Independence - More than 300 Years of Resistance - Namibia Safari and Lodges - Gondwana Collection

Namibia with Heart and Soul: Take our hand and let us introduce you to this awe-inspiring country. Come and stay with us, experience Namibia.


Where the Namib Desert stretches languidly from the Atlantic Ocean and wild land extends into infinity, dreams become real. At this place where fantasy meets reality, you'll find the Gondwana Collection safely positioned.

Take our outstretched hand and let us introduce you to our extraordinary country, Namibia. From the massive chasms of the Fish River Canyon, the fossilised dunes of the Namib Desert and the red sands of the Kalahari Desert to the waterways of the Kavango and Zambezi, there are countless marvels to behold. Explore this awe-inspiring wilderness from the warmth of our lodges, created with conservation cognizance and ample character. And return to relax after an exciting day of discovery.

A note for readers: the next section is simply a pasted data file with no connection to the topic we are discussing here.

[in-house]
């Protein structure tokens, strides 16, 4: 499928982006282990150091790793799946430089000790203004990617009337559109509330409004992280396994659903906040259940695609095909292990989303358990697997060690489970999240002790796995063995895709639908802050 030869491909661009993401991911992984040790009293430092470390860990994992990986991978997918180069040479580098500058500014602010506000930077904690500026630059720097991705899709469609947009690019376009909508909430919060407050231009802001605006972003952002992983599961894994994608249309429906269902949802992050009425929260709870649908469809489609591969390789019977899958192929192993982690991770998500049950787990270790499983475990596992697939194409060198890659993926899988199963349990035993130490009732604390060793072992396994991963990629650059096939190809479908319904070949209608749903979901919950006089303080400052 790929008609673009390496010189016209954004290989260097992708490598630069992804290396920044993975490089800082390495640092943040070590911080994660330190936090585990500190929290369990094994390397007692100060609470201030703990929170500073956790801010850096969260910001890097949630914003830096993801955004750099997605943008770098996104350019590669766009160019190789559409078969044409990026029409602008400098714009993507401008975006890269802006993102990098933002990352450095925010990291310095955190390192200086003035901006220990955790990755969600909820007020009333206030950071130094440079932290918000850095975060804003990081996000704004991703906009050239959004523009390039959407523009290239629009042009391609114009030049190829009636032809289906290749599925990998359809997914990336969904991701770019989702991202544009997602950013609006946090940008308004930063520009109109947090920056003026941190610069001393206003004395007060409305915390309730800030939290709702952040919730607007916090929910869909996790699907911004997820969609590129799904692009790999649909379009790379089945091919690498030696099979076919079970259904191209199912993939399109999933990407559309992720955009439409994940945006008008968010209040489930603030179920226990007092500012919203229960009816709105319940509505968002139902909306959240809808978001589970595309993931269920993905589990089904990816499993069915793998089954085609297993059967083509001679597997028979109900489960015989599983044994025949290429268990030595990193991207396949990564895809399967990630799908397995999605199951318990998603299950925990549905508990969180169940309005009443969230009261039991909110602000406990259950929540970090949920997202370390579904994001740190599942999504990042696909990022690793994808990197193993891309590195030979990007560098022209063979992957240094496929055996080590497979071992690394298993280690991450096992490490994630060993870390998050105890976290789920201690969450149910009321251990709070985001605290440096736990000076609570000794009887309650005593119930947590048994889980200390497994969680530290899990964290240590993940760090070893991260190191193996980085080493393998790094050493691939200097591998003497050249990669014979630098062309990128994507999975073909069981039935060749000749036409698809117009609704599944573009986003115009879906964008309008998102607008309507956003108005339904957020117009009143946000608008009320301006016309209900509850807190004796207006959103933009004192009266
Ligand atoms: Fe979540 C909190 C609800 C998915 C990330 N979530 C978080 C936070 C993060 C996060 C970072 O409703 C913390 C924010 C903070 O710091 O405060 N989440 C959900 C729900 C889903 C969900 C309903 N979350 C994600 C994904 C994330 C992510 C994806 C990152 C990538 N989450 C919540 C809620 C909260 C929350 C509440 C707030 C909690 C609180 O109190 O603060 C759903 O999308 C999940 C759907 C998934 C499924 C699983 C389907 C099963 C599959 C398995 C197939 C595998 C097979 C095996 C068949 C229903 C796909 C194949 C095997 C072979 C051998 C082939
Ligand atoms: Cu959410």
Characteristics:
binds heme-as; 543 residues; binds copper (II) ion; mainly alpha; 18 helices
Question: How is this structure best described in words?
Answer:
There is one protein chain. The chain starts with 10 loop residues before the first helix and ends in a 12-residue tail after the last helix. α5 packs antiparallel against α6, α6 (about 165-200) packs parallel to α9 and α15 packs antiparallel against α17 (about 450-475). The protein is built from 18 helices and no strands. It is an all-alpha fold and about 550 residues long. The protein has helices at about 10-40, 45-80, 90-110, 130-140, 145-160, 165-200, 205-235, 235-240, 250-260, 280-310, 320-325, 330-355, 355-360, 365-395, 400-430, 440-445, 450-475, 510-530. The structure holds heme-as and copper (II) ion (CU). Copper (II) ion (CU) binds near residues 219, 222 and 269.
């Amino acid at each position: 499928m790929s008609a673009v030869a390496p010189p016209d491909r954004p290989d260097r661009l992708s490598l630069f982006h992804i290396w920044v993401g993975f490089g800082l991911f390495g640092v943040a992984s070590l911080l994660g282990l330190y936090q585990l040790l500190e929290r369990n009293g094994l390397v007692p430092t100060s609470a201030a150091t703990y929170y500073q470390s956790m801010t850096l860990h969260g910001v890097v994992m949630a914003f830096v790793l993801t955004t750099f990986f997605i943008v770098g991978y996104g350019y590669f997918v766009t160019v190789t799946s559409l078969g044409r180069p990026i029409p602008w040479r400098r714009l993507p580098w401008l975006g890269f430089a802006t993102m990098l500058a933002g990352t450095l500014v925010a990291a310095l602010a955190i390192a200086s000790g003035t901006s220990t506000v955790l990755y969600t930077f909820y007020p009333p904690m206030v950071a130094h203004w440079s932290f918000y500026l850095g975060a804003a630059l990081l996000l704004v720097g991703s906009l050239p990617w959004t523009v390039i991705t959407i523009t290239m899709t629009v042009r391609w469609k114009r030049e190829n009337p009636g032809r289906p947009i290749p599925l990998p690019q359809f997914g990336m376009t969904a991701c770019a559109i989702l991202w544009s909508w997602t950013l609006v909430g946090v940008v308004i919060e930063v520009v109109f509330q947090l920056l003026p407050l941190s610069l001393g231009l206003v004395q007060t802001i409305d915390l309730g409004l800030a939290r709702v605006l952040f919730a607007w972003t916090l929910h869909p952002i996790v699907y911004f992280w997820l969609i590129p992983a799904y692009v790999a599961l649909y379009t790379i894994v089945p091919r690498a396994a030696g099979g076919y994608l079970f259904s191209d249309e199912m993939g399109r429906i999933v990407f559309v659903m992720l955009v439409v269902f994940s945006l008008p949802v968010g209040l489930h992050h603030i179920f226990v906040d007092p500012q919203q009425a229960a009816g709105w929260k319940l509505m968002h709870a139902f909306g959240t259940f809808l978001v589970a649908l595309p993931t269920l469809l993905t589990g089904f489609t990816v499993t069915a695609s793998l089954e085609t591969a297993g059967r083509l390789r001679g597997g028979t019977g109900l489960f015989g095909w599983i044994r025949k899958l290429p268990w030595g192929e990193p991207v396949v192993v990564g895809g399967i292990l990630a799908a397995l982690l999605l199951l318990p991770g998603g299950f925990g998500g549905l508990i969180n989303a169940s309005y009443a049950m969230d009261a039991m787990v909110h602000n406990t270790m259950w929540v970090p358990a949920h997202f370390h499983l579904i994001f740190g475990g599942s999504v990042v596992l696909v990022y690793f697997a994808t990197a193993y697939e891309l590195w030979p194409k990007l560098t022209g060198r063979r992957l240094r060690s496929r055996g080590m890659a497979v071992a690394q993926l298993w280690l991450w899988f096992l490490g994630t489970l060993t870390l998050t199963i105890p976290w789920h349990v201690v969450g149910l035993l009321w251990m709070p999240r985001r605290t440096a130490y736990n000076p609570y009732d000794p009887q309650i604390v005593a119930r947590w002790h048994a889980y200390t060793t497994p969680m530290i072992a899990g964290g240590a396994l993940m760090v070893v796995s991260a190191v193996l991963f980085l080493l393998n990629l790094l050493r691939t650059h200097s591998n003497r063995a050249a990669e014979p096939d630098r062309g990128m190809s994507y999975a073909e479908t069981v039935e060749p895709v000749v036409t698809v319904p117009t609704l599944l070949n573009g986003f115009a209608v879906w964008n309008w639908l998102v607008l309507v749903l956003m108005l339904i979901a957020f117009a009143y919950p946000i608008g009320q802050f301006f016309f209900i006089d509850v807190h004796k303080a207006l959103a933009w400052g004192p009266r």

This is the Gondwana feeling: Namibia with heart and soul.

Come and stay with us, experience Namibia.

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Namibia Road Map 2018/19

Anyone touring Namibia should definitely take our road map along. It is available from Gondwana free of charge, or as pdf download. This map features fascinating experiences plus recommended accommodation. At the same time it is an ordinary road map with all the essential information of the official Namibia road map by Prof. Uwe Jäschke and the Roads Authority of Namibia.

Join the Gondwana Holiday Bonanza!